The results of the referendum are more than favorable towards the Russian state, in fact they are pushing for making Russian the official language of Ukraine. Being limited by geography has not stopped it from having a naval base at Sevastopol, south western Ukraine. The treaty of friendship and cooperation with Ukraine in1997 allowed Russia to keep its Black Sea Fleet and lease the base which is to expire in 2042. In 2008, the Ukrainians refused to extend the lease which was to expire in 2017; however, they had to budge when they were pressurized with a hike in the gas prices. Several strategic analysts opine that the naval base is not all that beneficial as a London based analyst with the International Institute for Strategic Studies, Christian Le Miere stated: “Russia’s fleet on the Black Sea is the second-smallest of the country’s five fleets. It consists of about 25 ships, including 10 corvettes, two cruisers, two frigates, a destroyer and a diesel submarine. The rest are support vessels”. As of now, the US and EU have frozen all assets and stopped business and discouraged travel of any kind to the region.

On the 18th of March, Vladimir Putin spoke to Manmohan Singh about the issue. It was widely speculated that India would support Russia, as the latter had helped in 1971 through a treaty to win the war against Pakistan. However, as of now, India has chosen to take a neutral stand on the issue, even though some strategists believe that a bond between Russia, India and China could be mutually beneficial. It is rather risky as most of the countries are against Russia and have allied with the US and EU. The decisions that would take place in the coming days would realign the nations and polarization is bound to occur. Thus, the neutral and non committal stance as of now is the best one that India can take.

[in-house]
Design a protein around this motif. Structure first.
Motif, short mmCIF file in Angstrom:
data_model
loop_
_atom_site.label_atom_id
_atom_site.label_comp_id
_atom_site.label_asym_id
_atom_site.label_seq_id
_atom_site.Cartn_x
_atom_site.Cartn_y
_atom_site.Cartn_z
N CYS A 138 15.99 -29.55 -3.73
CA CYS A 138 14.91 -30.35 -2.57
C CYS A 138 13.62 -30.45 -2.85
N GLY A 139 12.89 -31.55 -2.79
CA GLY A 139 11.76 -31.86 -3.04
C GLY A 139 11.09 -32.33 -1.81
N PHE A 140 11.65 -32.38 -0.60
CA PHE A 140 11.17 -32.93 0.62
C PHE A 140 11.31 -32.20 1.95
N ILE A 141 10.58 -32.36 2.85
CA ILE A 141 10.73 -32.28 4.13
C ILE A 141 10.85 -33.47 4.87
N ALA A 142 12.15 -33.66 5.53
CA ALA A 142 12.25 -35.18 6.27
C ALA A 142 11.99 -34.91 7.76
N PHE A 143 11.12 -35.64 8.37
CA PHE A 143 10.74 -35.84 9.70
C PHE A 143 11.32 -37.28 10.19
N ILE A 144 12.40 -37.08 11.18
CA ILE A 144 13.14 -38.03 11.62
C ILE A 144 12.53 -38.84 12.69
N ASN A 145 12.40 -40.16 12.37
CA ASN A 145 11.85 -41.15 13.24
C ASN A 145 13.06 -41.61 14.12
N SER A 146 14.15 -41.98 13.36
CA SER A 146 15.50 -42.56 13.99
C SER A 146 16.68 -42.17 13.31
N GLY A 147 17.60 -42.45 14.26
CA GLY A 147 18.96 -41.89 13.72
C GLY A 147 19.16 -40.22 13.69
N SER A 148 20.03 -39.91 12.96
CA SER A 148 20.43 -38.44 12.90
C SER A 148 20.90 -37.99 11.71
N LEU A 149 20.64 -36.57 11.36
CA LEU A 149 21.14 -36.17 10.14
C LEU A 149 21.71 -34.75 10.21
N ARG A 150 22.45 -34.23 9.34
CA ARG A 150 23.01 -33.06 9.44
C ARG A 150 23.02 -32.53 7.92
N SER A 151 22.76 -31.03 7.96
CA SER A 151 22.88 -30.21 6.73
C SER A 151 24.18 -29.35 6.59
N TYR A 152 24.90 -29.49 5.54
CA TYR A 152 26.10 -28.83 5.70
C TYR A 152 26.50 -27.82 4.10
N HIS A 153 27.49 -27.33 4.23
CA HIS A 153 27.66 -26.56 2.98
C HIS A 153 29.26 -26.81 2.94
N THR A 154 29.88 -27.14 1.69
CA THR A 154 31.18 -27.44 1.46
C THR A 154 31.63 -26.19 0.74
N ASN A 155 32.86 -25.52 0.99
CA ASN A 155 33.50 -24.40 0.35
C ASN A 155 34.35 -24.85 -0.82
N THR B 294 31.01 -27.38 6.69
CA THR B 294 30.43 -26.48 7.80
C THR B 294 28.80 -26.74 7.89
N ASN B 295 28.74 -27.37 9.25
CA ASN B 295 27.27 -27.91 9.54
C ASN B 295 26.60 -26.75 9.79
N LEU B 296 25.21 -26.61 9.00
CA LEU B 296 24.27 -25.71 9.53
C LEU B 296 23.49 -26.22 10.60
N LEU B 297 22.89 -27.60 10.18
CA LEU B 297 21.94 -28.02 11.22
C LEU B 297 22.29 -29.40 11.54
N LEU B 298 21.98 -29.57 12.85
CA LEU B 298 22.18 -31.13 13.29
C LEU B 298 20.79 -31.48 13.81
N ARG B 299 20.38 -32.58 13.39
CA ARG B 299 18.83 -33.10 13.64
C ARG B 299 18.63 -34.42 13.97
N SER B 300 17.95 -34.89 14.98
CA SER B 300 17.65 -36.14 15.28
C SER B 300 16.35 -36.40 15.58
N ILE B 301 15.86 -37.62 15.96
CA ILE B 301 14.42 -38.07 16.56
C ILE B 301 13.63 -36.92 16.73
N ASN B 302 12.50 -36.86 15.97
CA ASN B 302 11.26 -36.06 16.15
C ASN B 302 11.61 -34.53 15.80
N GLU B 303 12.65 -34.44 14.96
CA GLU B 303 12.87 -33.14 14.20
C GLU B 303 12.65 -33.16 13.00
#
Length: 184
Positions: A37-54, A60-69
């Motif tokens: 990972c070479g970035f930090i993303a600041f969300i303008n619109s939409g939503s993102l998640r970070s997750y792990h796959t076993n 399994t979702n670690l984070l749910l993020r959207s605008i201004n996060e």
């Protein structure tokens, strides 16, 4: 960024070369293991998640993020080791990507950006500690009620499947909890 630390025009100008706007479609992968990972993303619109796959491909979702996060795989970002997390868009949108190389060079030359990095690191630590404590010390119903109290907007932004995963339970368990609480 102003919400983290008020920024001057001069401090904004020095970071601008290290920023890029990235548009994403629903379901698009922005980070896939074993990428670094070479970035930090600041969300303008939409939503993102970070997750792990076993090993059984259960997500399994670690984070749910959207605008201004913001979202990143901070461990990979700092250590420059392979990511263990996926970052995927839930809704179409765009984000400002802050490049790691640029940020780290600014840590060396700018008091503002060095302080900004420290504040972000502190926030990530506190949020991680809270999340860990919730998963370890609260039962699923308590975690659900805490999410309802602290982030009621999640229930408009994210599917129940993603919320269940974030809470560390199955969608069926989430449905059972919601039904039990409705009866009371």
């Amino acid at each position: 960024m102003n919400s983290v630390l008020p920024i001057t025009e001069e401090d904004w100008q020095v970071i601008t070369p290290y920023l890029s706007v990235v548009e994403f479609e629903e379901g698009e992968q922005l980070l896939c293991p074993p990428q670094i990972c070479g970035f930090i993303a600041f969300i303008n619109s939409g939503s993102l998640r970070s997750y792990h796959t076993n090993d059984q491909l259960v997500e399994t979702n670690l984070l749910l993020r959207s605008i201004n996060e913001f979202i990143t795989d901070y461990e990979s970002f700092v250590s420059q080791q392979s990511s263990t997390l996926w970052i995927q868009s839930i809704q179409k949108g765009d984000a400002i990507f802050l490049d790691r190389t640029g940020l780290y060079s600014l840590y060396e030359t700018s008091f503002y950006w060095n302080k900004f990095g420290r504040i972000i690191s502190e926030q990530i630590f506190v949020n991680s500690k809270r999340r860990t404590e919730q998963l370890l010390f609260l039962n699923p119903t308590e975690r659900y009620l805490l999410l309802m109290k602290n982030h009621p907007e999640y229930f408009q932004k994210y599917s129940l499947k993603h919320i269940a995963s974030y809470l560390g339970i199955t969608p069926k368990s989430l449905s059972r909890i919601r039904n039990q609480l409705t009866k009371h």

Although the US tries to act like a mediator, one cannot ignore its own pro-war stances whether it was Vietnam or Afghanistan. Instead of solving the issue as per the UN guidelines, more often than not it pursues its own policies which have killed many innocent civilians in the past. As for Russia, the world has seen how it helped in the creation of the Taliban in the peaceful Afghan region. A similar pattern can be traced with the Taters (minority Muslims) of the region who harbor Anti- Russian sentiments and are said to have organized into groups which could be dangerous in the near future. We are all definitely living in a very dynamic international world, where boundaries are being redrawn and annexations have resumed. However, the unfortunate part is that suppression of the minority and those who lack power continues, and lives are being lost every day for different belief systems.

Current Status: Another Cold war seems to be on the verge of recurring, it is an exciting time for those interested in geopolitics.